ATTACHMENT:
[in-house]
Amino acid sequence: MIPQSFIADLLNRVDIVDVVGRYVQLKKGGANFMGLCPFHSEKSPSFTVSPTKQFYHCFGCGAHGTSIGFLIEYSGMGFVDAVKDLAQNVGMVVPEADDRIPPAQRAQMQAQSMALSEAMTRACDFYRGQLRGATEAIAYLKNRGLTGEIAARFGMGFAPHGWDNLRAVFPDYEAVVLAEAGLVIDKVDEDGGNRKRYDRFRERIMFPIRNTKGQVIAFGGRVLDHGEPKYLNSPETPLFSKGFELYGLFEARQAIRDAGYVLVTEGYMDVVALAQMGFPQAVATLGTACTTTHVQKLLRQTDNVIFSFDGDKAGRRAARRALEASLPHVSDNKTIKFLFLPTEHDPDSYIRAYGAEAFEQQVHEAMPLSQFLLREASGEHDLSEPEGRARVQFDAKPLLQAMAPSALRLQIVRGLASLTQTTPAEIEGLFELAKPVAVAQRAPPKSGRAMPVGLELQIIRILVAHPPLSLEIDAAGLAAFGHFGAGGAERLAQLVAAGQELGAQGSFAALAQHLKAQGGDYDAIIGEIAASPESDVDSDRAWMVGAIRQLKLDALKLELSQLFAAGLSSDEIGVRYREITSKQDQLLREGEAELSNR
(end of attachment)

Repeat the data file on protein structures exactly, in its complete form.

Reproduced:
[in-house]
Amino acid sequence: MIPQSFIADLLNRVDIVDVVGRYVQLKKGGANFMGLCPFHSEKSPSFTVSPTKQFYHCFGCGAHGTSIGFLIEYSGMGFVDAVKDLAQNVGMVVPEADDRIPPAQRAQMQAQSMALSEAMTRACDFYRGQLRGATEAIAYLKNRGLTGEIAARFGMGFAPHGWDNLRAVFPDYEAVVLAEAGLVIDKVDEDGGNRKRYDRFRERIMFPIRNTKGQVIAFGGRVLDHGEPKYLNSPETPLFSKGFELYGLFEARQAIRDAGYVLVTEGYMDVVALAQMGFPQAVATLGTACTTTHVQKLLRQTDNVIFSFDGDKAGRRAARRALEASLPHVSDNKTIKFLFLPTEHDPDSYIRAYGAEAFEQQVHEAMPLSQFLLREASGEHDLSEPEGRARVQFDAKPLLQAMAPSALRLQIVRGLASLTQTTPAEIEGLFELAKPVAVAQRAPPKSGRAMPVGLELQIIRILVAHPPLSLEIDAAGLAAFGHFGAGGAERLAQLVAAGQELGAQGSFAALAQHLKAQGGDYDAIIGEIAASPESDVDSDRAWMVGAIRQLKLDALKLELSQLFAAGLSSDEIGVRYREITSKQDQLLREGEAELSNR